Gas Prices: What the 9/10 Appendage Means and How It Impacts Your Wallet?
With the national average price of gas hovering over $3.50 per week, according to AAA, filling up is no easy feat. You’ll pay an average of $3.531 per gallon (as of Feb. 2, 2022). That number isn’t just painful because it’s so high. If you’re the type who likes round numbers, counting change to the third decimal point just looks wrong.
Yet, there’s a reason why gas prices end in 9/10 of a cent, and it’s costing consumers more than they realize.
Back in 1932, the Revenue Tax Act placed a federal tax of $0.01 on each gallon of gasoline, Mental Floss stated. Back then, when gas prices hadn’t even reached a full dollar per gallon, a one-cent tax would have been substantial — roughly 10% of the total cost of gasoline. Gas stations didn’t want to lose business by raising their prices that much. Instead, they increased the price on every gallon by 9/10 of a cent. Customers hardly noticed. And gas stations were able to continue pulling in the profits.
Two years later, Congress didn’t repeal the tax as it had intended, but increased it by a half-penny, Gizmodo reported. Today, the Federal government collects 18.4 cents per gallon in gas tax, and states collect their own gas taxes on top of that.
Even though it would be easy enough for gas stations to increase prices by a full 19 cents — or even round up to 20 cents per gallon and pocket the profits — they don’t. Several psychology and marketing studies over the past decades show that consumers tend to round down — rather than up — when they see prices. Researchers call this tendency to judge prices based on the numbers before the decimal point as “left-digit bias.” When people see the fractional at the end of a gas price (usually 9/10 of a cent), they don’t notice it at all. Gas priced at $3.19 9/10 is not considered $3.20 a gallon in our mind, but $3.19 (and given today’s prices, even $3.20 would seem like a bargain). When it comes time to pay, that fractional is usually rounded up to the nearest penny.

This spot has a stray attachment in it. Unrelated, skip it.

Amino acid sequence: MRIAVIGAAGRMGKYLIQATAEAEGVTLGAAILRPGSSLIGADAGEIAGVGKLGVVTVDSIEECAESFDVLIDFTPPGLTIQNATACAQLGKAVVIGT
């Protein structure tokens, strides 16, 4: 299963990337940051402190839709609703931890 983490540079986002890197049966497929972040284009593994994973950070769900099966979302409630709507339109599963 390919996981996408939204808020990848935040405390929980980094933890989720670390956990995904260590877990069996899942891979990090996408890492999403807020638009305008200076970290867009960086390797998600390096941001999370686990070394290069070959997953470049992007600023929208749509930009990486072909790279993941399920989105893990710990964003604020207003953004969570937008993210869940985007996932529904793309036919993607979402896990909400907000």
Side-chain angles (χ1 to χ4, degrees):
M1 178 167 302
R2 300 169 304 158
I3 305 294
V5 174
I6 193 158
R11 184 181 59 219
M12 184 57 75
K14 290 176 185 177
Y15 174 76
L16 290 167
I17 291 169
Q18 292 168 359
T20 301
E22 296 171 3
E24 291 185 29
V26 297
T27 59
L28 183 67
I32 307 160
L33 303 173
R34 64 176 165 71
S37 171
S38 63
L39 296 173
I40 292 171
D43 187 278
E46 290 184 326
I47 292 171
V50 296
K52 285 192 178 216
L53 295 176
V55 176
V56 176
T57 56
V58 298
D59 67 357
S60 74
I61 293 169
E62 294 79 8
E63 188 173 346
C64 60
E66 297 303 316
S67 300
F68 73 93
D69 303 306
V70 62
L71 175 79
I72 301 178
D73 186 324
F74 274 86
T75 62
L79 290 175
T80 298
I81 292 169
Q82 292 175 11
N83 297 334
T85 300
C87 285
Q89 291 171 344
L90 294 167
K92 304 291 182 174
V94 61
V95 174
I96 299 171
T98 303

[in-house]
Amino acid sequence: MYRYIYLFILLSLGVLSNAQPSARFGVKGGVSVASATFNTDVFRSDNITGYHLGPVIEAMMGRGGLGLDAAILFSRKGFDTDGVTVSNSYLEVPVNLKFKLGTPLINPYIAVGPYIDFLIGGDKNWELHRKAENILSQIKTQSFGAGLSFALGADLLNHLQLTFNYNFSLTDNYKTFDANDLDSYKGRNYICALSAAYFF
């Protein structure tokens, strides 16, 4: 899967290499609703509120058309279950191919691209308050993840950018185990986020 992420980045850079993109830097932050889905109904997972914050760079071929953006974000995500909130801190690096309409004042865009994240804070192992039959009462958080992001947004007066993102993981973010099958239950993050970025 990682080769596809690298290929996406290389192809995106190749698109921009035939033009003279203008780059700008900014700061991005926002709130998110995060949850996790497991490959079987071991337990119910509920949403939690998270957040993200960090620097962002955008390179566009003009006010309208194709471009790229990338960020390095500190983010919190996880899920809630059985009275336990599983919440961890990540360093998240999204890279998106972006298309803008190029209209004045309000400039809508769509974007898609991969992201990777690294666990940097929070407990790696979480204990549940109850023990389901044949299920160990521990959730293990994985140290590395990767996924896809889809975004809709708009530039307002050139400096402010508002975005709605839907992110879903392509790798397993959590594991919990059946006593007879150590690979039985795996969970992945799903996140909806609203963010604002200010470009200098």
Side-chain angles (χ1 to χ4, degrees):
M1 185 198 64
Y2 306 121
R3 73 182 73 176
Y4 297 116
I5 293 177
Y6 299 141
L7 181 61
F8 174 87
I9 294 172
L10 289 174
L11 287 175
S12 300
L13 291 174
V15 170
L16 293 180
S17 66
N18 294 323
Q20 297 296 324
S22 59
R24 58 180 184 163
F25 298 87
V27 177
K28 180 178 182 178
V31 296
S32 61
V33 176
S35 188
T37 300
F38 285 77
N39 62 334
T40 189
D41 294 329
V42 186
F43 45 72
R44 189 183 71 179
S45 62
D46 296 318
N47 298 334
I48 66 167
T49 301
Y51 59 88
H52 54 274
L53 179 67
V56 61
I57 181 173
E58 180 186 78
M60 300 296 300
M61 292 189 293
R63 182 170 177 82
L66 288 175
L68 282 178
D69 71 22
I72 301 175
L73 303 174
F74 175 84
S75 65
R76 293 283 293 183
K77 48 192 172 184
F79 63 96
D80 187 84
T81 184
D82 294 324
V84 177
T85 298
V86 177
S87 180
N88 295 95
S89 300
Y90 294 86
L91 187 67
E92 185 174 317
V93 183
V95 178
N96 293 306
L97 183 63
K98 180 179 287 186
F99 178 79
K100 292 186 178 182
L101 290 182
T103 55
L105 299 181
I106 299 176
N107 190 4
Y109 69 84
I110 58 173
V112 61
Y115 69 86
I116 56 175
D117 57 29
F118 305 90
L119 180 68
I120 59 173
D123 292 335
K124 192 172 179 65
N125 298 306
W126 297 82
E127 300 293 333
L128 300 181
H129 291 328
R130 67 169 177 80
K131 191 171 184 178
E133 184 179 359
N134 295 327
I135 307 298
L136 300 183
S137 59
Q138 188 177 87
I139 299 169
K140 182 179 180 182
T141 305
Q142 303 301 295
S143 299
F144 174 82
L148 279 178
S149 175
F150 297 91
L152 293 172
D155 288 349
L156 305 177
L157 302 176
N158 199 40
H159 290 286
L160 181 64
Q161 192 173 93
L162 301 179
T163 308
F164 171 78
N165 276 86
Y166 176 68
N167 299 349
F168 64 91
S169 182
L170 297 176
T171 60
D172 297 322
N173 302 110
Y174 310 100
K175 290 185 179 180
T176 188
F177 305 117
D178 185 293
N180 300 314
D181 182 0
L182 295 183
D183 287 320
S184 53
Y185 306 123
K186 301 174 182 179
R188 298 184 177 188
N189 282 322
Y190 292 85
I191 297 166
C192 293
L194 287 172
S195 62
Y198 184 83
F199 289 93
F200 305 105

What would happen if a gas station owner decided to forego the 9/10 and simply charge $3.19? One Texaco owner tried it in 2006, according to Mental Floss. He didn’t gain any additional customers due to his lower price, and lost $23 in revenue for the day, the article stated.
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While 9/10 of a penny only increases your price at the pump by less than 20 cents per fill up for a 20 gallon tank, it adds up to significant revenue for the $430.12 billion U.S. gasoline industry.
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